Lifestyle choices and reporting differences re: infant mortality.

    10. No one in Canada goes broke because of medical bills whereas ARP estimates half of personal bankruptcies are due to unpaid, high medical bills. More Americans go bust or lose their homes due to medical costs than the sub-prime problem.



    This statistic is complete bullshit and you know it.

    13. Drugs made and invented in the United States are cheaper in Canada, Europe and Japan because our communal health care means volume discounts and savings passed along to society. Americans are overpaying.



    I hope you don't want any new drugs to be discovered then. You know somebody has to pay for them.

  • ||

    "The notion that healthcare access should be a universal right?"

    Nobody has a right to coerce others to provide health care for them. That would make the health care provider a slave.

  • classwarrior||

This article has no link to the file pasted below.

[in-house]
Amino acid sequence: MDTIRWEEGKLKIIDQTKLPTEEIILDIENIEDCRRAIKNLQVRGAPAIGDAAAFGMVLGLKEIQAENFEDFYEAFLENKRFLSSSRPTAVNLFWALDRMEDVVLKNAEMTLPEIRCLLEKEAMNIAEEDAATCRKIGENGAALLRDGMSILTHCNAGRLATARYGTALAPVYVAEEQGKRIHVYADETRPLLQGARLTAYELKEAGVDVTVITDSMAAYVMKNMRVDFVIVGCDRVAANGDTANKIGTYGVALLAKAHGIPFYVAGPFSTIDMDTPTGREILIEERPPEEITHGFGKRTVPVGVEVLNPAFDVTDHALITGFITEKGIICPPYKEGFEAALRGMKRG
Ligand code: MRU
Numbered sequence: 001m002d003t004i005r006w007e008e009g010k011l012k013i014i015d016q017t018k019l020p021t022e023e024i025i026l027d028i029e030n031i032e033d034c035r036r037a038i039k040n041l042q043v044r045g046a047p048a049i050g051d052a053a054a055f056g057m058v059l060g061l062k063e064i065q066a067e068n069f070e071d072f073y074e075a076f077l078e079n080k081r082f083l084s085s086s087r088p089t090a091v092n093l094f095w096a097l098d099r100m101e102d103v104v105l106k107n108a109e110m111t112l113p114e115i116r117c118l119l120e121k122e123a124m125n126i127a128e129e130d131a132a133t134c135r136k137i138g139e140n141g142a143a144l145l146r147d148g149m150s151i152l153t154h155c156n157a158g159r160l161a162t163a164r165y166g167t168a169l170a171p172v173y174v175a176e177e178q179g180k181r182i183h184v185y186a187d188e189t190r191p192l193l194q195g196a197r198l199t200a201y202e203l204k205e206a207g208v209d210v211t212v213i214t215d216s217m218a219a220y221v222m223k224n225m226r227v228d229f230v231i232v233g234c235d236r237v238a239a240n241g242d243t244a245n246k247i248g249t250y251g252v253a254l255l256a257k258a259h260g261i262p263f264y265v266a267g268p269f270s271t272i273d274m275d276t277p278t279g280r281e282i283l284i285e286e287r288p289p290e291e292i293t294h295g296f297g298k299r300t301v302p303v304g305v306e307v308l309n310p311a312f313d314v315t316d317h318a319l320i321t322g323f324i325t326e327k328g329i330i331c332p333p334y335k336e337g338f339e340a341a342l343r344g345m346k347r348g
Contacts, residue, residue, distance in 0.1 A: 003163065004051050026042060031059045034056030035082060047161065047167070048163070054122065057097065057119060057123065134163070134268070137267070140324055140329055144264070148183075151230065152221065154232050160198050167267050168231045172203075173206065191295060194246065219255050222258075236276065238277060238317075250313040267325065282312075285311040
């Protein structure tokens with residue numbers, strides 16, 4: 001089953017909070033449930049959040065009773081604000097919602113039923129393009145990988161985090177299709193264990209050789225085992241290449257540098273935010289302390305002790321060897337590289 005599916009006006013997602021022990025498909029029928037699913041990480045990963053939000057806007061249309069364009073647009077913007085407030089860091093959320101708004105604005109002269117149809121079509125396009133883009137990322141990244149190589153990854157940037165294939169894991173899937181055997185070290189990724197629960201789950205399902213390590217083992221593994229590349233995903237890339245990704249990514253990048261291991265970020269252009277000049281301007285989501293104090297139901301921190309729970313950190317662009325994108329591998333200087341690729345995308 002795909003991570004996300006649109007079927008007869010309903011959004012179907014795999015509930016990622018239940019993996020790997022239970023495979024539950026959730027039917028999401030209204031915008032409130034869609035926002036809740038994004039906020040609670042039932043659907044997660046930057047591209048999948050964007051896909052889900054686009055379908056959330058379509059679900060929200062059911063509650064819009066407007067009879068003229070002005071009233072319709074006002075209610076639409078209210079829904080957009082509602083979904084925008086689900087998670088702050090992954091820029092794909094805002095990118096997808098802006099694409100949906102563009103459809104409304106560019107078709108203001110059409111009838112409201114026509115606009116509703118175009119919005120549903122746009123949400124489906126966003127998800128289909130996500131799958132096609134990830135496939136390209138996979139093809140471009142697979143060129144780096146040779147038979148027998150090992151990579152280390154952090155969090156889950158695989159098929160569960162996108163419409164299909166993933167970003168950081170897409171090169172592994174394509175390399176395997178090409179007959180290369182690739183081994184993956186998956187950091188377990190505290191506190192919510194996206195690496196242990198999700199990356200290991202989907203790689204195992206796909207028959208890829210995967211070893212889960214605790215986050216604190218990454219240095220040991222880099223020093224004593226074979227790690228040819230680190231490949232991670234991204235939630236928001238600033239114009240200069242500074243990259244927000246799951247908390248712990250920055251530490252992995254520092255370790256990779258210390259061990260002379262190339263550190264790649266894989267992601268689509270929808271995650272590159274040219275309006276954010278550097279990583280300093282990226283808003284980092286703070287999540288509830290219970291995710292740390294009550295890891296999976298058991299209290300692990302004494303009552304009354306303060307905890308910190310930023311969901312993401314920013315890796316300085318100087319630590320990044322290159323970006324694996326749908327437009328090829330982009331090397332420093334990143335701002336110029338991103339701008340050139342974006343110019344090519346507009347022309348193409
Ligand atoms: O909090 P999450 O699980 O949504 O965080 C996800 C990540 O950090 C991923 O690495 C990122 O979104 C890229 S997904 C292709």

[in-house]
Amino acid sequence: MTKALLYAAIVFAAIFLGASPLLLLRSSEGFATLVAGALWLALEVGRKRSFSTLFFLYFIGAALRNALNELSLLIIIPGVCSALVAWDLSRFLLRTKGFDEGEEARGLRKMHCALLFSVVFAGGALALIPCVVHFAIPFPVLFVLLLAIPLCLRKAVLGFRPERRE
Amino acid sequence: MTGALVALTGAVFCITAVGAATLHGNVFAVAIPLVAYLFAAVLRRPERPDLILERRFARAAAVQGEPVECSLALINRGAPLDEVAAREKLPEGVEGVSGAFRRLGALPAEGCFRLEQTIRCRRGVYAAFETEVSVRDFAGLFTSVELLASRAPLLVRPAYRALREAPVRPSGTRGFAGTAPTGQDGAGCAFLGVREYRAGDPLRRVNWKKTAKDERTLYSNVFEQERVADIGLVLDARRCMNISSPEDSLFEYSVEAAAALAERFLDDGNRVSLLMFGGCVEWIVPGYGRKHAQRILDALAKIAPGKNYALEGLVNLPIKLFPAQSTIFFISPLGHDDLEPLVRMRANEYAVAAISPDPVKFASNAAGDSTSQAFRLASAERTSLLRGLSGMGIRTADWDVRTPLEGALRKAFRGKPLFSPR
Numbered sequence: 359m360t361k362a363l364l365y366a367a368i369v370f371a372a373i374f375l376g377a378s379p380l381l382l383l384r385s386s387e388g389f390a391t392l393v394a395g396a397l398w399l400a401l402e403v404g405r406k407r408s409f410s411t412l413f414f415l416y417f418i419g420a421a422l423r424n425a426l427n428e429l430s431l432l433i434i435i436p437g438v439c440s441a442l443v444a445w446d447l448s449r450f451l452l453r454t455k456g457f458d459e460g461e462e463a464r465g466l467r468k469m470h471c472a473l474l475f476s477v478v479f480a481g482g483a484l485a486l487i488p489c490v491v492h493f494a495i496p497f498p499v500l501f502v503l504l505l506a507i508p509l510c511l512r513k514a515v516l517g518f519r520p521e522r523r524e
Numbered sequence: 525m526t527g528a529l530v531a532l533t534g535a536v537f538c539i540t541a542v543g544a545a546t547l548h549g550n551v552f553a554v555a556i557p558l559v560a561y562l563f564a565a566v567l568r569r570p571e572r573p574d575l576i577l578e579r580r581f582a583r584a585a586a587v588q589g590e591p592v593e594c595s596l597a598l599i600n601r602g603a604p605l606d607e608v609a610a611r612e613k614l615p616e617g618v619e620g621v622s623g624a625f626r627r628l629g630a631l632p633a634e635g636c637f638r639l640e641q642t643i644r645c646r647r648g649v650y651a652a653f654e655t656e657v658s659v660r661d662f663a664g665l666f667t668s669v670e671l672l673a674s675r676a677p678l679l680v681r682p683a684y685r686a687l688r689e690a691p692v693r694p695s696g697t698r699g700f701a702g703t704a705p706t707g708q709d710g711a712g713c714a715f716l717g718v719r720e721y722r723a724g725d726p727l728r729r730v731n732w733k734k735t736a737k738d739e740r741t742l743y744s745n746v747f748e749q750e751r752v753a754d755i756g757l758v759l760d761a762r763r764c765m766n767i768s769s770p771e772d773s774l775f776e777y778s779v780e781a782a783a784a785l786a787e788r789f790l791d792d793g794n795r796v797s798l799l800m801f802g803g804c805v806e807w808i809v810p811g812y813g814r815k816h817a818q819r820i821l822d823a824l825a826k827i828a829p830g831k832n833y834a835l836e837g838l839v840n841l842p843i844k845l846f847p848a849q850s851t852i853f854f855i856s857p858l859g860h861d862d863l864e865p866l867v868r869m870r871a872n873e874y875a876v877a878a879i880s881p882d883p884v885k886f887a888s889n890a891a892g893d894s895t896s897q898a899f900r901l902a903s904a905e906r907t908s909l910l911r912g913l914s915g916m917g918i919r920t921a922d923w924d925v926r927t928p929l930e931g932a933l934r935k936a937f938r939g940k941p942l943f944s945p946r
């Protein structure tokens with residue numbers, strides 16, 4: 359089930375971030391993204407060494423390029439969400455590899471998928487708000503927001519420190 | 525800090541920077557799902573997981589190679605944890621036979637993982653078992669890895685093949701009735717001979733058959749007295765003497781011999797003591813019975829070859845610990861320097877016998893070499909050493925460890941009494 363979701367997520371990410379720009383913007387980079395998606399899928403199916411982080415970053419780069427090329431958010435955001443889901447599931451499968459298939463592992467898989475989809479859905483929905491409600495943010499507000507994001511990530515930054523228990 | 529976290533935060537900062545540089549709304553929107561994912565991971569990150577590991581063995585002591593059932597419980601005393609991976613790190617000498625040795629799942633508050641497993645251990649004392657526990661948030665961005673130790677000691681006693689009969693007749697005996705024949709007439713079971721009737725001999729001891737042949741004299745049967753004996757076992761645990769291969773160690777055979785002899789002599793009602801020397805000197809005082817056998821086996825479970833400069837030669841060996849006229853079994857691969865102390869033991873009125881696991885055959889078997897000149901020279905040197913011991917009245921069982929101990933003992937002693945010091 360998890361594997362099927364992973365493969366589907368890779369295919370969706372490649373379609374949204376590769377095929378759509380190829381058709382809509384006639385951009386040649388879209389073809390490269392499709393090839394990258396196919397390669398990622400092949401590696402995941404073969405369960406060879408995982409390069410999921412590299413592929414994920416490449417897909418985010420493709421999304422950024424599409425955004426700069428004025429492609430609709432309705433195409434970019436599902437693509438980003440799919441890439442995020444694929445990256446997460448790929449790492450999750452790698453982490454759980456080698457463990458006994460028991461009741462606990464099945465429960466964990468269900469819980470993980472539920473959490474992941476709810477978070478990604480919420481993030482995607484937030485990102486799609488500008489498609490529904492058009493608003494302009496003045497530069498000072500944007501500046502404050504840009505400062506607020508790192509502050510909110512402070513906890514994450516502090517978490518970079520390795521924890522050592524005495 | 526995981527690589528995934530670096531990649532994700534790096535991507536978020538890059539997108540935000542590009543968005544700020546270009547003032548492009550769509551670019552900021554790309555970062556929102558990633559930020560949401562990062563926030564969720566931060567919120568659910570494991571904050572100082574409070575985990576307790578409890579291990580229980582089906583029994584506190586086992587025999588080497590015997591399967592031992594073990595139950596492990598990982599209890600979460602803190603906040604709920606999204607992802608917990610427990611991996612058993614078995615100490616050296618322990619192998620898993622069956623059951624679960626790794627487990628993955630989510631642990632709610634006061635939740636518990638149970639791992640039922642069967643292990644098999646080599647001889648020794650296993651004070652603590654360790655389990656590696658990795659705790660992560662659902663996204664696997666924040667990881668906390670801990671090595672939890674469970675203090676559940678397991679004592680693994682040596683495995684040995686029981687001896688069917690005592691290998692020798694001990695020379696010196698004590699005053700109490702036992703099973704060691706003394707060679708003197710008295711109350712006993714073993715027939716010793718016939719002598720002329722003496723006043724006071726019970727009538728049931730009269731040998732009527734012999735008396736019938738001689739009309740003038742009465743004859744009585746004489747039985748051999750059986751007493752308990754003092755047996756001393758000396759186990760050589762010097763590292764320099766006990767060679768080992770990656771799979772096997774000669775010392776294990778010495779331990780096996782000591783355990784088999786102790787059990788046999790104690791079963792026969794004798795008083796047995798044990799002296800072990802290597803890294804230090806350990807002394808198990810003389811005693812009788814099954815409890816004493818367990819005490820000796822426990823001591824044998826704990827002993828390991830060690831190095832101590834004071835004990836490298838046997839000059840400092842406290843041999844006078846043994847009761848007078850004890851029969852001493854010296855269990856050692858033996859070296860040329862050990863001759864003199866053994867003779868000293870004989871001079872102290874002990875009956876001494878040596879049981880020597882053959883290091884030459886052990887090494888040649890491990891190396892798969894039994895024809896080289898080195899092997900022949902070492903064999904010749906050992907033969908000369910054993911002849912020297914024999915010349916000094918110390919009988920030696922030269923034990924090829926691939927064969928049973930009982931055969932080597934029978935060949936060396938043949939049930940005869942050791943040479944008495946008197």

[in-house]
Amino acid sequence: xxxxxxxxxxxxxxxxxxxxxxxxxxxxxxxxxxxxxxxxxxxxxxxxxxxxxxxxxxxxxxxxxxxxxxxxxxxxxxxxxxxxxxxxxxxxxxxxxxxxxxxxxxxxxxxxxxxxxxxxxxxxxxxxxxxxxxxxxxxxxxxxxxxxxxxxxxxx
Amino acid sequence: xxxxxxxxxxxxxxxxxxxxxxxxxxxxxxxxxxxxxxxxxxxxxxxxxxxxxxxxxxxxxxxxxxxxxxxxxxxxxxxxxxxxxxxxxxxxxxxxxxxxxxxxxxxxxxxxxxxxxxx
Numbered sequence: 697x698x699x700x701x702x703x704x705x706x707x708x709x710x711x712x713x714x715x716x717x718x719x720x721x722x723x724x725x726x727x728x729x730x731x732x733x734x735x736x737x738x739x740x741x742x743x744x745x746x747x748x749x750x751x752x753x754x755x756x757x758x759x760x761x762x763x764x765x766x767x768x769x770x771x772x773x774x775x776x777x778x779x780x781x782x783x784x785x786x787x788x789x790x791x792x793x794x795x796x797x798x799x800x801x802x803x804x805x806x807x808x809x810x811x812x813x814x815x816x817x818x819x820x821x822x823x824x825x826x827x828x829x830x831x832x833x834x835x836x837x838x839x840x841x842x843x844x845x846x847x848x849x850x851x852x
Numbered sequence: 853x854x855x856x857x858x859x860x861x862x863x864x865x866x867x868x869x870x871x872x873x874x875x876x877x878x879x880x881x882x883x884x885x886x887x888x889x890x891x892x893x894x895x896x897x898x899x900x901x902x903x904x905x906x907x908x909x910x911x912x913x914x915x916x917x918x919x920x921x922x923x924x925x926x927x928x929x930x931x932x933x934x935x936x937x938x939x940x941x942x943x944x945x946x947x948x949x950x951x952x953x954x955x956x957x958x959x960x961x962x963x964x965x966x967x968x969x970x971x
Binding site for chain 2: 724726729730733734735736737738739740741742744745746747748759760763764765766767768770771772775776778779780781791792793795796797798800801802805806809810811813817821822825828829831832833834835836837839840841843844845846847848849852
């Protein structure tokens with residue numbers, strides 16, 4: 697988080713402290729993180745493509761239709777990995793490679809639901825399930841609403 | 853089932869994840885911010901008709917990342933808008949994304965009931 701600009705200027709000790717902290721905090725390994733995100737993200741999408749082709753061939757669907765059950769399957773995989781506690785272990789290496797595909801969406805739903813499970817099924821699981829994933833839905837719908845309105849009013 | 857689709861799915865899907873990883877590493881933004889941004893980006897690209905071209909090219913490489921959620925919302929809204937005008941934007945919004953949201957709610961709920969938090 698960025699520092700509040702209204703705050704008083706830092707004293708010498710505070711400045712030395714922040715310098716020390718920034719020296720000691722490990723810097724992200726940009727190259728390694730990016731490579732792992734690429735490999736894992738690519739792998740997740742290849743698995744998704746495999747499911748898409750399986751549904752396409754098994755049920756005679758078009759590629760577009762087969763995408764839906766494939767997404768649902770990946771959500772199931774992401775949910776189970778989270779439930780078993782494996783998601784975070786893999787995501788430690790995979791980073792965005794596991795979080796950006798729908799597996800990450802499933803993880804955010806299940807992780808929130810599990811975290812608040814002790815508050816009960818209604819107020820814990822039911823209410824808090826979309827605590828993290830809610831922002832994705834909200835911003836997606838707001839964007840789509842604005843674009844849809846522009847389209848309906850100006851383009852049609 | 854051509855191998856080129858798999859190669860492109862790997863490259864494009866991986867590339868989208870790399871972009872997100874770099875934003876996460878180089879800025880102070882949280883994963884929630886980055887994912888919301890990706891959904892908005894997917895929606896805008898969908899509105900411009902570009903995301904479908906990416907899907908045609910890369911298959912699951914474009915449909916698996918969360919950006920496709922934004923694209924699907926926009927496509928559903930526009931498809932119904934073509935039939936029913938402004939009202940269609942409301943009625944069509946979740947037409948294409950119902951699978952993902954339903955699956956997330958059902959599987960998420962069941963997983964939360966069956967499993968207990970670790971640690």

Bookworm, the main reason the US healthcare "system" costs more is not higher quality (certainly not measured by life expectancy) but higher administrative overhead and profit (20%+ vs. 2-3% for Medicare and the Canadain system).

  • ||

    Quality is more important to me than cost. We spend more on health care because we believe in quality health care. Canada and European countries cut costs through rationing and thus offering less quality health care.



    Rationing absolutely does not mean lower quality. It simply means efficiency. If you'd read some of the other points in my list you'd see that the American system is most certainly not better quality.

  • ||

    Paul, your "prediction" makes no sense. Please explain how the introduction of a public option is going to lead to costs spiraling out of control.

  • Paul||

    I thought you cranks were the ones who thought a little competition would be good for business, what gives?